The next day, we were able to slackpack 19 miles, thanks to the sweetest trail angel ever, Plans Too Much. That brought us to the Inn at Long Trail, which had the cutest Irish Pub and a great, homey feel to it. And just when I thought life couldn’t get any better, I looked over and saw a very familiar face. Cynthia, a 71-year-old woman who I had helped reunite with her husband a couple of days before, as she was lost, for hours, in the woods. Really all I did was walk with her a bit and call her husband, but she was so grateful. She and her husband, Ron, insisted on taking all of us, Tide, Allie, and I, out for a fancy dinner. Not only was it exquisite, but they were an amazing couple to spend time with. So full of life, and loaded with great experiences. It was incredible. Another great hiker, we knew since Virginia, came along. His name is Uli. He’s from Germany. And when asked why he chose the A.T., he gave the best reason I have ever heard. “I have skin cancer, but love the outdoors. So when I found out there was a green tunnel I could walk in, I was immediately drawn to it.” That’s just really amazing to me. And he’s a tough cookie. He’s overcome shin splints, Lyme Disease, and Bell’s Palsy since he started this hike. He’s a very inspiring character.

We camped across the street from the inn that night. It was cozy, and that meant flushing toilets and hot breakfast the next morning. We ended up having a great breakfast with Ron, Cynthia, Uli, and Plans Too Much. It was such a lovely morning. We talked and joked like old friends, and ate well. Again, we were treated by Ron and Cynthia. And we slackpacked 21 miles that day with Allie.

Having Allie’s company would have been plenty of great events for one weekend, but the fact that we got to spend so much time with such awesome people, just upgraded it to the best weekend I’ve had on the trail. I will always remember what it felt like to have such great and unexpected fortune. I have no excuse not to believe in karma. When your heart is open, and you’re doing something brave, great things just come flooding in.

And what did I tell you about Allie being hardcore? She hiked 40 miles in two days with us, like it was nothin’!

Bon Voyage Stephen

July 5th was Stephen’s birthday. It’s also Mitch and Heidi’s, Happy Birthday Mitch and Heidi! We woke up after a fantastic day on the 4th in Williamstown, MA. Just 4 miles from the Vermont border. We had some birthday brunch with Stephen, and Tide gave us both some really awesome, customized bandanas. It was a fun morning, but we got a really late start out of town. Tide decided not to push as far as us, since she was feeling a little sick. So, for the next few days, it was just Stephen and I.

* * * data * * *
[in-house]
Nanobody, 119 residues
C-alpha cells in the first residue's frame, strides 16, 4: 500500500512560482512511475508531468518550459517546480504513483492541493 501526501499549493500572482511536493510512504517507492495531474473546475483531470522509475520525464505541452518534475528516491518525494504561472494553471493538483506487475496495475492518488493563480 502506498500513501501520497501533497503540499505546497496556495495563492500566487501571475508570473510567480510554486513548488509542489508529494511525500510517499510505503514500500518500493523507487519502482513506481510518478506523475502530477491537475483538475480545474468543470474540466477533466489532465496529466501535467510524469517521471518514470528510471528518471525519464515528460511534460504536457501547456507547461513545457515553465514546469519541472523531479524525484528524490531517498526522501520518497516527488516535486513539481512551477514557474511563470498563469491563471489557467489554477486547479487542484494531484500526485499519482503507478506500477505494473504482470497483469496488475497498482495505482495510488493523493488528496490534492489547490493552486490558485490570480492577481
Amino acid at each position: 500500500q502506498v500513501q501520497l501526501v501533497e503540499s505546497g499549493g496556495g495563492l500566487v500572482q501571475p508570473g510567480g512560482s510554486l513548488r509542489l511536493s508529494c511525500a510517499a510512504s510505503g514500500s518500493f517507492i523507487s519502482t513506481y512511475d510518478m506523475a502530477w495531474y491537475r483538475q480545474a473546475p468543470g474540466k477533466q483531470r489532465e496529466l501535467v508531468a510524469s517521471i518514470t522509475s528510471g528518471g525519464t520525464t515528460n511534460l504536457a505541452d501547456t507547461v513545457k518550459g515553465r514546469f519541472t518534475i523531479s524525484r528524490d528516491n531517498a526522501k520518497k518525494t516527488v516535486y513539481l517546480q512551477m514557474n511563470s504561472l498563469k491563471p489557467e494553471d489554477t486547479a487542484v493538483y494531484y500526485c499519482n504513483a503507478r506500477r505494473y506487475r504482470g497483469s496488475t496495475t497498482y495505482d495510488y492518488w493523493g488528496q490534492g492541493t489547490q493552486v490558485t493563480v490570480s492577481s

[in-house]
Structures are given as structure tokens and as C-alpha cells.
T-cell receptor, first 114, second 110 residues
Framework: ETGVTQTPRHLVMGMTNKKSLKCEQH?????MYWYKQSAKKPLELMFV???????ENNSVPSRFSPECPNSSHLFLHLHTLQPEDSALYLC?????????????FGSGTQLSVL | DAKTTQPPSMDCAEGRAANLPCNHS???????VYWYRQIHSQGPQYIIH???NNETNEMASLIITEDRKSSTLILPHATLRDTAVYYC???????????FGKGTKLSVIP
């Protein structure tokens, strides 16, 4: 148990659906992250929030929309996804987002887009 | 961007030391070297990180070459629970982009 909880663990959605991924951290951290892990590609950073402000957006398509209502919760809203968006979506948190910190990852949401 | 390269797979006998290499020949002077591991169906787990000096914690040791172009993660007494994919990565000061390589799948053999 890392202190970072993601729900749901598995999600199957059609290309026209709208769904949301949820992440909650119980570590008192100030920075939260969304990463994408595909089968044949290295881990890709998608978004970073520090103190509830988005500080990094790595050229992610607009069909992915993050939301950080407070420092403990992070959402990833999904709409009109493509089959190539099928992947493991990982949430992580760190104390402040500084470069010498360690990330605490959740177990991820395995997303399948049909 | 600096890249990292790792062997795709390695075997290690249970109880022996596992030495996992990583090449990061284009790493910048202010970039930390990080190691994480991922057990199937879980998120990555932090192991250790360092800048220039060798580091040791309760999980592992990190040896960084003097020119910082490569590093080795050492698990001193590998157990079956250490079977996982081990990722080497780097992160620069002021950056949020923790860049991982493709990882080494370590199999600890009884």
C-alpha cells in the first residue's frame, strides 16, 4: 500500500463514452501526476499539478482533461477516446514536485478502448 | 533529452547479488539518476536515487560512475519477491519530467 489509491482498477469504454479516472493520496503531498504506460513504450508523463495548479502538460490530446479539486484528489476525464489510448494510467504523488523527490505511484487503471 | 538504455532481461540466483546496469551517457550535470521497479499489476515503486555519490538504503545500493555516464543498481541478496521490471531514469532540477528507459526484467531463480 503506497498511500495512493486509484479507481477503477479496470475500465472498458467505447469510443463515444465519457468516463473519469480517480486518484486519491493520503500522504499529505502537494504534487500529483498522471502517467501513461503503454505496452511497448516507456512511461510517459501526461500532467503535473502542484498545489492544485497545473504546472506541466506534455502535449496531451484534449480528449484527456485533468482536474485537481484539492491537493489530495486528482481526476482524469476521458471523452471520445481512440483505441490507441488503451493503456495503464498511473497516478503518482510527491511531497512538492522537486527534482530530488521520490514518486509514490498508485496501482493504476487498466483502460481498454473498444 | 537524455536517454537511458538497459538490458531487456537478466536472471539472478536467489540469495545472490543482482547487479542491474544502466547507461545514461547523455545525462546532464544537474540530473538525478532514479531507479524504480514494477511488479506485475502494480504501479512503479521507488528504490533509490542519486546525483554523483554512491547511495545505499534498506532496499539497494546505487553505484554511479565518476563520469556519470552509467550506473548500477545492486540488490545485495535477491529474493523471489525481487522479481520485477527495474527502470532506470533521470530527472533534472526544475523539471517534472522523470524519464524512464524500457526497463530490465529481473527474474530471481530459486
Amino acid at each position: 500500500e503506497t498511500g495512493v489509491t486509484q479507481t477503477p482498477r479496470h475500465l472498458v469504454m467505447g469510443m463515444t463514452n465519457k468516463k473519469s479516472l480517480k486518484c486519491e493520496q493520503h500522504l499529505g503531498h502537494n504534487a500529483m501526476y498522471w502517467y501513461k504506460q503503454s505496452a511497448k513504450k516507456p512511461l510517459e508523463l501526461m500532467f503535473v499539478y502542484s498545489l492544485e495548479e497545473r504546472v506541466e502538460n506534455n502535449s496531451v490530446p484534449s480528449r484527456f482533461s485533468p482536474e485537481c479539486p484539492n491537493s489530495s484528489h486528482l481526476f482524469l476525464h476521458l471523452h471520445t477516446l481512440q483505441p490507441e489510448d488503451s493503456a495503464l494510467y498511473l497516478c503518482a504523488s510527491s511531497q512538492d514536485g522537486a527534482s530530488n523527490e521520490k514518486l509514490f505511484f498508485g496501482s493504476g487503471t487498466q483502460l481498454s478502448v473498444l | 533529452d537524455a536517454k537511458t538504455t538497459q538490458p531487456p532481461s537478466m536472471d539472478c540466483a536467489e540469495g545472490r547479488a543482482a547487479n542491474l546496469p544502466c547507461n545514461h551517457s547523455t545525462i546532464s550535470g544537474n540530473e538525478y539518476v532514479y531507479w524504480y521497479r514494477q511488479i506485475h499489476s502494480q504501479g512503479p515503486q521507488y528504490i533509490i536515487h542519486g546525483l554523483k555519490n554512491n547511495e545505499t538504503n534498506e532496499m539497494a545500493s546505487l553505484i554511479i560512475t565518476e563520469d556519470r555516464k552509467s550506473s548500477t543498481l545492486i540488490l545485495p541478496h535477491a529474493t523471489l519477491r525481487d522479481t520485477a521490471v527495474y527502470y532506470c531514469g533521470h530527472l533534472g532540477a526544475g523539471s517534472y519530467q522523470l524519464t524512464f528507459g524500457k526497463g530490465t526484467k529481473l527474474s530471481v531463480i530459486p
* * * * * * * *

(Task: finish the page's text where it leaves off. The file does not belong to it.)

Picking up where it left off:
I could tell something was on his mind for a while, but didn’t press it. Then, one afternoon, he caught up to me and said there was something he needed to talk to me about. He admitted he’d decided to quit the trail. I could tell it was a really tough decision for him, and that it was what he really needed. I was taken aback, but in no way disappointed. I told him I was proud that he wasn’t doing it just to do it (if that makes sense), and that if spending the rest of his summer with his family was what he wanted, then that’s what he should do. The next morning we hugged goodbye, and he took off to the next road, to find his way to his grandparents house, near Norwich, VT, his happy place.

We’re with him now at that place. He’s really happy, and looks handsome with his beardless face. Watching him drop out taught me that my heart must really be in this. Because, even though I sort of envied the relief in his eyes, knowing it was his last night in the same sweaty clothes, I knew it wasn’t what I wanted. I want Katahdin’s magnificent view. Then, I’m burning my nasty hiking shorts! 🙂